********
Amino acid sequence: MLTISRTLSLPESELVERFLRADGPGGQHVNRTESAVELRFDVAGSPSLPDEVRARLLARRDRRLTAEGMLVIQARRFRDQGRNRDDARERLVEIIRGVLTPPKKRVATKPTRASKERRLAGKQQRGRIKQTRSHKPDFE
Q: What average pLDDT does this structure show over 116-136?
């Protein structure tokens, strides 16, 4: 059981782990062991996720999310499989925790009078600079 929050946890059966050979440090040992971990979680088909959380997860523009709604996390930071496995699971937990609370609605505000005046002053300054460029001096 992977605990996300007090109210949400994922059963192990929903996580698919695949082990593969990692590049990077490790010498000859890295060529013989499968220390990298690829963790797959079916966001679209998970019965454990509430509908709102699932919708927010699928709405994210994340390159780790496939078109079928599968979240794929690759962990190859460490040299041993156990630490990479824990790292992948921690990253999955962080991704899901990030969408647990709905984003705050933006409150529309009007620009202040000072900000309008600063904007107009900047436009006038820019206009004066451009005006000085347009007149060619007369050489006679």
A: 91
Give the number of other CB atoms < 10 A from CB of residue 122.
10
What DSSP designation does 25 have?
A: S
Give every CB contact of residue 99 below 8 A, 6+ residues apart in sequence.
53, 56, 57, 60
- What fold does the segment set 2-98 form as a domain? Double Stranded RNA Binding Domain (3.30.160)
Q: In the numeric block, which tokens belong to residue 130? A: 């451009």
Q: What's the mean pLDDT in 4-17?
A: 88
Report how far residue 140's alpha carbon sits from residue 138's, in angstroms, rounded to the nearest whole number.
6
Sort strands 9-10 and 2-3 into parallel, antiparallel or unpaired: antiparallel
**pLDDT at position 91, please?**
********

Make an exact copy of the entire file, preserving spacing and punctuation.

Amino acid sequence: MLTISRTLSLPESELVERFLRADGPGGQHVNRTESAVELRFDVAGSPSLPDEVRARLLARRDRRLTAEGMLVIQARRFRDQGRNRDDARERLVEIIRGVLTPPKKRVATKPTRASKERRLAGKQQRGRIKQTRSHKPDFE
Q: What average pLDDT does this structure show over 116-136?
């Protein structure tokens, strides 16, 4: 059981782990062991996720999310499989925790009078600079 929050946890059966050979440090040992971990979680088909959380997860523009709604996390930071496995699971937990609370609605505000005046002053300054460029001096 992977605990996300007090109210949400994922059963192990929903996580698919695949082990593969990692590049990077490790010498000859890295060529013989499968220390990298690829963790797959079916966001679209998970019965454990509430509908709102699932919708927010699928709405994210994340390159780790496939078109079928599968979240794929690759962990190859460490040299041993156990630490990479824990790292992948921690990253999955962080991704899901990030969408647990709905984003705050933006409150529309009007620009202040000072900000309008600063904007107009900047436009006038820019206009004066451009005006000085347009007149060619007369050489006679």
A: 91
Give the number of other CB atoms < 10 A from CB of residue 122.
10
What DSSP designation does 25 have?
A: S
Give every CB contact of residue 99 below 8 A, 6+ residues apart in sequence.
53, 56, 57, 60
- What fold does the segment set 2-98 form as a domain? Double Stranded RNA Binding Domain (3.30.160)
Q: In the numeric block, which tokens belong to residue 130? A: 């451009």
Q: What's the mean pLDDT in 4-17?
A: 88
Report how far residue 140's alpha carbon sits from residue 138's, in angstroms, rounded to the nearest whole number.
6
Sort strands 9-10 and 2-3 into parallel, antiparallel or unpaired: antiparallel
**pLDDT at position 91, please?**